Under Rapha, the team’s dominance continued with Froome bagging his third Tour title and Sky making a breakthrough in the Classics with Wout Poels winning the team’s first Monument, Liège-Bastogne-Liège.
Italian giants Castelli took over as the team’s kit supplier in 2017.
Castelli kept the team’s simple jersey design largely in place in the brand’s first year with the Rapha bands on the front replaced with thin blue and white dashes, which denoted different wins for the team.
It was during that year's Tour de France when it all began to briefly change with the introduction of their special edition white kit. The team rolled out what was essentially a simple colour reversal of the first Castelli jersey with the main colour being white and the thin dashes across the middle now sky blue and black.
It was seen as yet another Dave Brailsford attempt at a marginal gain with white being supposedly cooler in the summer heat of the Tour de France. Whatever it was, it worked, as Geraint Thomas stormed to his first ever Grand Tour victory when the team kept white as the main jersey colour the following year.
The first 2018 jersey was white with a blue panel across the chest featuring the Sky logo embossed in thick white print. It was the first time the team had returned to the central panel since the early Adidas kits. Its main highlight was Chris Froome’s sensational Giro d’Italia victory featuring that breakaway effort on stage 19.
Yet another special edition kit was rolled out for the Tour, although the jersey was still white, as the team briefly became Sky Ocean Rescue as the television provider embarked on an environmental mission. The jersey’s most notable feature was a huge vertical image of a giant killer whale on the back panel.
2019 was an interesting year for the team as Sky’s final jersey as a sponsor saw the team’s colours change at the start of the season to a royal blue fading to black on the jersey, but it was a kit which was only worn until March.
Ineos arrived as headline sponsor in the spring and Egan Bernal won yet another Tour title for the team as blue was kicked off the jersey design for good. The blue fade that featured earlier on in the year was replaced with a blood red colourway instead.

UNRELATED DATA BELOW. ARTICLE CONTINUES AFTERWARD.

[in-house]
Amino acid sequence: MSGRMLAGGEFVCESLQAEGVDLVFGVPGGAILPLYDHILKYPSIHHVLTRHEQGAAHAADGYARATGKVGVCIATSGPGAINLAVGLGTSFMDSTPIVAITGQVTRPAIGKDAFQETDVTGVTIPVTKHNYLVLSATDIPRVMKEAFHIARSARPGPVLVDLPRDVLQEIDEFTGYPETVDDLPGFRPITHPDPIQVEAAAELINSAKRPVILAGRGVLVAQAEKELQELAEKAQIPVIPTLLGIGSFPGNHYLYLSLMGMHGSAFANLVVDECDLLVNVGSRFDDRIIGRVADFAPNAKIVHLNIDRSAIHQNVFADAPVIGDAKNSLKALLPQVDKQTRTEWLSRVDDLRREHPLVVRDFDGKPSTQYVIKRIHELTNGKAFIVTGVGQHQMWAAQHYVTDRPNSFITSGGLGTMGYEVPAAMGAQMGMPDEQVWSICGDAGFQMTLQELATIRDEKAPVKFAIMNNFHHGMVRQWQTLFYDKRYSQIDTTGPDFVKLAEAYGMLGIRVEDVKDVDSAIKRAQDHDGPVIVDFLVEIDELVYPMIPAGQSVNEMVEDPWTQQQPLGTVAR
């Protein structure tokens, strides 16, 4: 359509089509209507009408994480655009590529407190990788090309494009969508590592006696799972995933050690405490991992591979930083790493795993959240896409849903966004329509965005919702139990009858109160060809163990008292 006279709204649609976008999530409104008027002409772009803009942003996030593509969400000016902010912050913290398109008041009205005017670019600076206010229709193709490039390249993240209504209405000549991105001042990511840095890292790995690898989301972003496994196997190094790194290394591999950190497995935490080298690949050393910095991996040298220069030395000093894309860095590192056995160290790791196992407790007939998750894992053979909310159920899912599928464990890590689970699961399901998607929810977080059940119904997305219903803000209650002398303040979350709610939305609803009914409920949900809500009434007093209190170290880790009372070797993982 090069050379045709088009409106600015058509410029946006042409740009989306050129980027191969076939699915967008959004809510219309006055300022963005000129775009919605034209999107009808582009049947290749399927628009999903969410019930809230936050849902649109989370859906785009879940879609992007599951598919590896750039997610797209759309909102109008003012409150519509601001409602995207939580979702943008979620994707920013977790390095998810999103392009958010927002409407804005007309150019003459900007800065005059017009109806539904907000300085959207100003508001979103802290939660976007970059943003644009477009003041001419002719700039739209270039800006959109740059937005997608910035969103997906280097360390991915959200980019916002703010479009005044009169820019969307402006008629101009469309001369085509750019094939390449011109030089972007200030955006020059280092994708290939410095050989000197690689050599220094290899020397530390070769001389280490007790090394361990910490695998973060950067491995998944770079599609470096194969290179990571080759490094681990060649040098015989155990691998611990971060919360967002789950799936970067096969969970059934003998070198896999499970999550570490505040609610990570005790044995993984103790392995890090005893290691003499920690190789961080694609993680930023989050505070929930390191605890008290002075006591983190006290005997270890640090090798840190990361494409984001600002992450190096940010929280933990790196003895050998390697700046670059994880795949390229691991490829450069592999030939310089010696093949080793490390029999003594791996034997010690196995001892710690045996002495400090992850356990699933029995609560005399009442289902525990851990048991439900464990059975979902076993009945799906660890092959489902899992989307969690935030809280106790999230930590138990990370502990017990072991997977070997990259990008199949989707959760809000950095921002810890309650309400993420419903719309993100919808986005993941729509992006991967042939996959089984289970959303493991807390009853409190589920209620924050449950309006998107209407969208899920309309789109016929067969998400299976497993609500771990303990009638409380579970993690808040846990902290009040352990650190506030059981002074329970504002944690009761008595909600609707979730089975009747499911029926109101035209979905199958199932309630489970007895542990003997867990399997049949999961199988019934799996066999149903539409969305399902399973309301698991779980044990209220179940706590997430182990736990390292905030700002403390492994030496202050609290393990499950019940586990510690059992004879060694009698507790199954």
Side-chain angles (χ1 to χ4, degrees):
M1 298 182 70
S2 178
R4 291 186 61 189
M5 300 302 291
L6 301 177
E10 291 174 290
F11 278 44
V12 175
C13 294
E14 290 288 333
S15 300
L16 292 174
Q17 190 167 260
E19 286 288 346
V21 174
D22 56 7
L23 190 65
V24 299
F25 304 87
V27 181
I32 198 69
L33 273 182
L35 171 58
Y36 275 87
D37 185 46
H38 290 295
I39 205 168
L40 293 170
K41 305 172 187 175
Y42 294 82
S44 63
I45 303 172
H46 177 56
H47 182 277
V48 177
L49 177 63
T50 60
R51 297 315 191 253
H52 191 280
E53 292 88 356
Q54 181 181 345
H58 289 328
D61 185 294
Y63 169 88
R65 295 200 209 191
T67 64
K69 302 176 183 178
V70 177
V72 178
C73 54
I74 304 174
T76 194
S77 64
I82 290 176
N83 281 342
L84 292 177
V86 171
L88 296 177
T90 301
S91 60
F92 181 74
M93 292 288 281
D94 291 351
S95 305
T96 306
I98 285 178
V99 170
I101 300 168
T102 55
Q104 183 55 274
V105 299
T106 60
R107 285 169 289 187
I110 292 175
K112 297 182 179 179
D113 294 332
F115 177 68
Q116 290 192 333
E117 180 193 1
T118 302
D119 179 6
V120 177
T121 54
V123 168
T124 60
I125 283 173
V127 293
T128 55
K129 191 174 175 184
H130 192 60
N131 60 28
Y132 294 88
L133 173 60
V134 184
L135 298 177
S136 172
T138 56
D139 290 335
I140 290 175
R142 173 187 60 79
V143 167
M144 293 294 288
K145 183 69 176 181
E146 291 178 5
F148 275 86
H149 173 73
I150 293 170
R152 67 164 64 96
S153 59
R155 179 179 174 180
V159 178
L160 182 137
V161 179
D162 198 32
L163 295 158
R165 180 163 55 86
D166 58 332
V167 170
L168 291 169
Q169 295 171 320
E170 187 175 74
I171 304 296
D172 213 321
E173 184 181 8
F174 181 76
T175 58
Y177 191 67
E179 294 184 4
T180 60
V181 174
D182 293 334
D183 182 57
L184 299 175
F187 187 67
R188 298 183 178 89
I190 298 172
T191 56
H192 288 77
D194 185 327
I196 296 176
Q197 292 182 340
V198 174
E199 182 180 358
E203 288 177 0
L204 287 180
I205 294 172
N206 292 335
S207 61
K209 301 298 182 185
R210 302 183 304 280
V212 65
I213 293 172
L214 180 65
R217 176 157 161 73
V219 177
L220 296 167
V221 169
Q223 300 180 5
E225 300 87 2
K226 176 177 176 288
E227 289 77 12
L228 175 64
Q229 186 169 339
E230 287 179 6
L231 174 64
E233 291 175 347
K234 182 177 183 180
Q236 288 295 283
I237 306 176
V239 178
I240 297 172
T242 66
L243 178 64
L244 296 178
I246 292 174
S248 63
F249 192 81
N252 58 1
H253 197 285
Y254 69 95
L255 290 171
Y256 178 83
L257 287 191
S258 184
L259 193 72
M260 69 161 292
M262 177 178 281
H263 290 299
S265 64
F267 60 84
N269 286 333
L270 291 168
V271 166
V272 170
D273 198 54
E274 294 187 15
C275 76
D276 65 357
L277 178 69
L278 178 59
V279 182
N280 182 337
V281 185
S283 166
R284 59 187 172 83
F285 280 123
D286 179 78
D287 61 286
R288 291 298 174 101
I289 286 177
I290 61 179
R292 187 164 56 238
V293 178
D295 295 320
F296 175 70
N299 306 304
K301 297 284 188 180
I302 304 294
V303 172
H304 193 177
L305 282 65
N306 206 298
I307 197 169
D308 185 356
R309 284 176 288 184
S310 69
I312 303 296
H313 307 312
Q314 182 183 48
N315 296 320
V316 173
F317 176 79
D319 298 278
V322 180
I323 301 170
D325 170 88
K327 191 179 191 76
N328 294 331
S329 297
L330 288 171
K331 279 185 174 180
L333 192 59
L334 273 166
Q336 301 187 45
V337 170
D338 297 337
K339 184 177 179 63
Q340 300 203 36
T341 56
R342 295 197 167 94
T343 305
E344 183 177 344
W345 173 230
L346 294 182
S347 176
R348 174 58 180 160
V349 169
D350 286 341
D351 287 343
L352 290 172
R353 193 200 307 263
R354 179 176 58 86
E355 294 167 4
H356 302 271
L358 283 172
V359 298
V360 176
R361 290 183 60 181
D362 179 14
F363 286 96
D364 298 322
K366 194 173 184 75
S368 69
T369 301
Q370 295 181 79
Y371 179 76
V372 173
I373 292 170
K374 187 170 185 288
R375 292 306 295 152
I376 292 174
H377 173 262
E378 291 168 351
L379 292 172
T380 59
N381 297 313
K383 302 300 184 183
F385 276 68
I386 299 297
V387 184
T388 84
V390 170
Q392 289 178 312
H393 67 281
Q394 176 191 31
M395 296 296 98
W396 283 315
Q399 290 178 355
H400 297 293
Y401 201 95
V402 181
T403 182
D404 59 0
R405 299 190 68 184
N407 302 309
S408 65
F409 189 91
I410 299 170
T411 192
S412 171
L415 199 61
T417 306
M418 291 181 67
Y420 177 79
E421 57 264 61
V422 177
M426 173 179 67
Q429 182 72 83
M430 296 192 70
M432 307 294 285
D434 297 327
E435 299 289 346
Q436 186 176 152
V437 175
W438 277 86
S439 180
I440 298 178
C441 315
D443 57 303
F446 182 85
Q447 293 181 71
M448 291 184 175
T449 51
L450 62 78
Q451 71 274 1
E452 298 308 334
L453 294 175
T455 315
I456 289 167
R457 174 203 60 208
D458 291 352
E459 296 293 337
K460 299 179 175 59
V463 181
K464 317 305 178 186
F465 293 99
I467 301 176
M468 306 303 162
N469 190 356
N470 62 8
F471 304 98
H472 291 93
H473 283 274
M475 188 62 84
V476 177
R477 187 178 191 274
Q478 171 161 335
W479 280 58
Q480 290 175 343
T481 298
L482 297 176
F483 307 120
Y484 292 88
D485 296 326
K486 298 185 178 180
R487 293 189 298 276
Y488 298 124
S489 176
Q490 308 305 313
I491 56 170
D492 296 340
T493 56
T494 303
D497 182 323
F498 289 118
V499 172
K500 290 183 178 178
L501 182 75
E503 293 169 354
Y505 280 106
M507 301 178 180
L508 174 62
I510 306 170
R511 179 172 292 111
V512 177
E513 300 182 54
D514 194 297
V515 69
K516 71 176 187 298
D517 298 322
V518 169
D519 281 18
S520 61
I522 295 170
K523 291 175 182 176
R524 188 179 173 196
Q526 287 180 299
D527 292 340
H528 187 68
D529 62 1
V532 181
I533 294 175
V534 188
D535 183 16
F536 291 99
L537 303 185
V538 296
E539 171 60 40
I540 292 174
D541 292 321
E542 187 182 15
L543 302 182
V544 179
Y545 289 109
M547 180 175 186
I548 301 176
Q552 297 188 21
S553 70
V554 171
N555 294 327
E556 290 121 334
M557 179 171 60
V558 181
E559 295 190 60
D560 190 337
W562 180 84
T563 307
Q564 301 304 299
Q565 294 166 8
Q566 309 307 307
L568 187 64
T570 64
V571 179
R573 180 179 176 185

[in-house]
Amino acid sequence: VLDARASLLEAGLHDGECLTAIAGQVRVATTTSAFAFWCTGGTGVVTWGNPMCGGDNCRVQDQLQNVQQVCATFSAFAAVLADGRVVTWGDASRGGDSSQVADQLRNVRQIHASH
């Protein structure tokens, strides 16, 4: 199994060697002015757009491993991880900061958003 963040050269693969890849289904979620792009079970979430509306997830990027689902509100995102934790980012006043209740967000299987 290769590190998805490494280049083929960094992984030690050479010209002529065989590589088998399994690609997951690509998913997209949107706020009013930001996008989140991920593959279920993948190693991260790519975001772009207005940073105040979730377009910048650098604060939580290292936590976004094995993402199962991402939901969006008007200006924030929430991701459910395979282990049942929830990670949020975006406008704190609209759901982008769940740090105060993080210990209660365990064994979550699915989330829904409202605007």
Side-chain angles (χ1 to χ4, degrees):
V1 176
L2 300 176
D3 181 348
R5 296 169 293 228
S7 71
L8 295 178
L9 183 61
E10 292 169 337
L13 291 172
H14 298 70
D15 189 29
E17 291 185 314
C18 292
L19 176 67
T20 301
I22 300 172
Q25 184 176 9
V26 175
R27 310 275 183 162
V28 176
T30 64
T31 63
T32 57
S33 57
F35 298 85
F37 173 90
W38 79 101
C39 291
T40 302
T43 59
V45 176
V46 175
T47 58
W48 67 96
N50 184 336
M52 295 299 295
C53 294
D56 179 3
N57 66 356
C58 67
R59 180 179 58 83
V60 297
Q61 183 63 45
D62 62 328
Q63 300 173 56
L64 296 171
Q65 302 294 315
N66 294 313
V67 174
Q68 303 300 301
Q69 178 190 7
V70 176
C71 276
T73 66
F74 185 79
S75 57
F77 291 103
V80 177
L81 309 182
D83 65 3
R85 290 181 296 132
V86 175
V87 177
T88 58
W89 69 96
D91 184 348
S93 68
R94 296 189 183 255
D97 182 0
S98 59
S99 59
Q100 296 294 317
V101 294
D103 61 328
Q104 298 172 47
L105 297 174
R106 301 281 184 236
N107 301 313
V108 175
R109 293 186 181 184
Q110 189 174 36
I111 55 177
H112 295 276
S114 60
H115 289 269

The following year a plain blue jersey arrived with the Grenadier logo - an upside down red V shape - taking centre stage in what would be Castelli’s final spell as the team’s supplier.
In 2022, Bioracer were brought in after the five-year deal with Castelli ended.
Red kept its place on the first kit brought in by the Belgian brand which was a continuation of the design first used at the 2020 Tour when the team first transitioned from Sky to Ineos. The upside down V Grenadier logo disappeared as red panelling was introduced to the shoulders which faded out into the largely blue jersey.
The main sponsor's logo changed back to a largely text based design which then featured vertically on the thighs of the shorts too.
According to Dave Brailsford at the time the Bioracer partnership was announced, he had “always hoped” that the Belgian brand and the British team would link up such was his high regard for Bioracer’s innovation and expertise.
Bioracer’s final year as supplier to the team saw a sensational win for Tom Pidcock at Strade Bianche. The jersey featured a more orangey red as its central colour with an eye-catching diamond style pattern on the sleeves and simple blue shorts and white socks.
Now we are up to the present day, and there is very little black or blue on the Ineos Grenadiers kit of the modern day, no more stripe, and definitely no Rapha armband. It remains to be seen if the squad can get back to their former glory days in the new strip, but they will certainly stand out doing it.
Which kit was your favourite?